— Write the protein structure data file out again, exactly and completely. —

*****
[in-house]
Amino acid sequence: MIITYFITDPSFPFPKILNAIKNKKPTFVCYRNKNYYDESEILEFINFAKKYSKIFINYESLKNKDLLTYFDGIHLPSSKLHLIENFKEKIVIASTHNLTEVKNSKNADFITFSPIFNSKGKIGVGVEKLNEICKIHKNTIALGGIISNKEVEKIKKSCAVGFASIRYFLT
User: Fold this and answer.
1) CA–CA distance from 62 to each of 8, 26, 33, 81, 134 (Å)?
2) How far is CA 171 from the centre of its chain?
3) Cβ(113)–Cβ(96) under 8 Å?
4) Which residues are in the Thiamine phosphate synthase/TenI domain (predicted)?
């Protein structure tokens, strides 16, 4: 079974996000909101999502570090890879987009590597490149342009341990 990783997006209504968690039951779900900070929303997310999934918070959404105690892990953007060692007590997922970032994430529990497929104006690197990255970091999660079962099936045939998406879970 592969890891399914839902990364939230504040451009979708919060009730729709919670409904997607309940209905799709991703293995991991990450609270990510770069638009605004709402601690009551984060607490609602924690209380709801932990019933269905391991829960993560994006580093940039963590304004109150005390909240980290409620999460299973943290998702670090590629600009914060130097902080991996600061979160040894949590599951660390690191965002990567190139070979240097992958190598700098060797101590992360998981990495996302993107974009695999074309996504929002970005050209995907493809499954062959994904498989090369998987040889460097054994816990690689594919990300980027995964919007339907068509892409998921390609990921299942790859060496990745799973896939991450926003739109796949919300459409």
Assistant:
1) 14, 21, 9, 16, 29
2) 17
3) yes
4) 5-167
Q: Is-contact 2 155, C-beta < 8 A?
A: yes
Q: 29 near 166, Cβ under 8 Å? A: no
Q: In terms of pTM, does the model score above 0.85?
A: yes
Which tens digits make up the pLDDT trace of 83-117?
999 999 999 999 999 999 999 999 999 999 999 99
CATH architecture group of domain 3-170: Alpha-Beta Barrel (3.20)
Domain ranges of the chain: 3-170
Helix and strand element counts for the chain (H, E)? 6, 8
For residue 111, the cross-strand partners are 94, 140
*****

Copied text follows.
[in-house]
Amino acid sequence: MIITYFITDPSFPFPKILNAIKNKKPTFVCYRNKNYYDESEILEFINFAKKYSKIFINYESLKNKDLLTYFDGIHLPSSKLHLIENFKEKIVIASTHNLTEVKNSKNADFITFSPIFNSKGKIGVGVEKLNEICKIHKNTIALGGIISNKEVEKIKKSCAVGFASIRYFLT
User: Fold this and answer.
1) CA–CA distance from 62 to each of 8, 26, 33, 81, 134 (Å)?
2) How far is CA 171 from the centre of its chain?
3) Cβ(113)–Cβ(96) under 8 Å?
4) Which residues are in the Thiamine phosphate synthase/TenI domain (predicted)?
């Protein structure tokens, strides 16, 4: 079974996000909101999502570090890879987009590597490149342009341990 990783997006209504968690039951779900900070929303997310999934918070959404105690892990953007060692007590997922970032994430529990497929104006690197990255970091999660079962099936045939998406879970 592969890891399914839902990364939230504040451009979708919060009730729709919670409904997607309940209905799709991703293995991991990450609270990510770069638009605004709402601690009551984060607490609602924690209380709801932990019933269905391991829960993560994006580093940039963590304004109150005390909240980290409620999460299973943290998702670090590629600009914060130097902080991996600061979160040894949590599951660390690191965002990567190139070979240097992958190598700098060797101590992360998981990495996302993107974009695999074309996504929002970005050209995907493809499954062959994904498989090369998987040889460097054994816990690689594919990300980027995964919007339907068509892409998921390609990921299942790859060496990745799973896939991450926003739109796949919300459409």
Assistant:
1) 14, 21, 9, 16, 29
2) 17
3) yes
4) 5-167
Q: Is-contact 2 155, C-beta < 8 A?
A: yes
Q: 29 near 166, Cβ under 8 Å? A: no
Q: In terms of pTM, does the model score above 0.85?
A: yes
Which tens digits make up the pLDDT trace of 83-117?
999 999 999 999 999 999 999 999 999 999 999 99
CATH architecture group of domain 3-170: Alpha-Beta Barrel (3.20)
Domain ranges of the chain: 3-170
Helix and strand element counts for the chain (H, E)? 6, 8
For residue 111, the cross-strand partners are 94, 140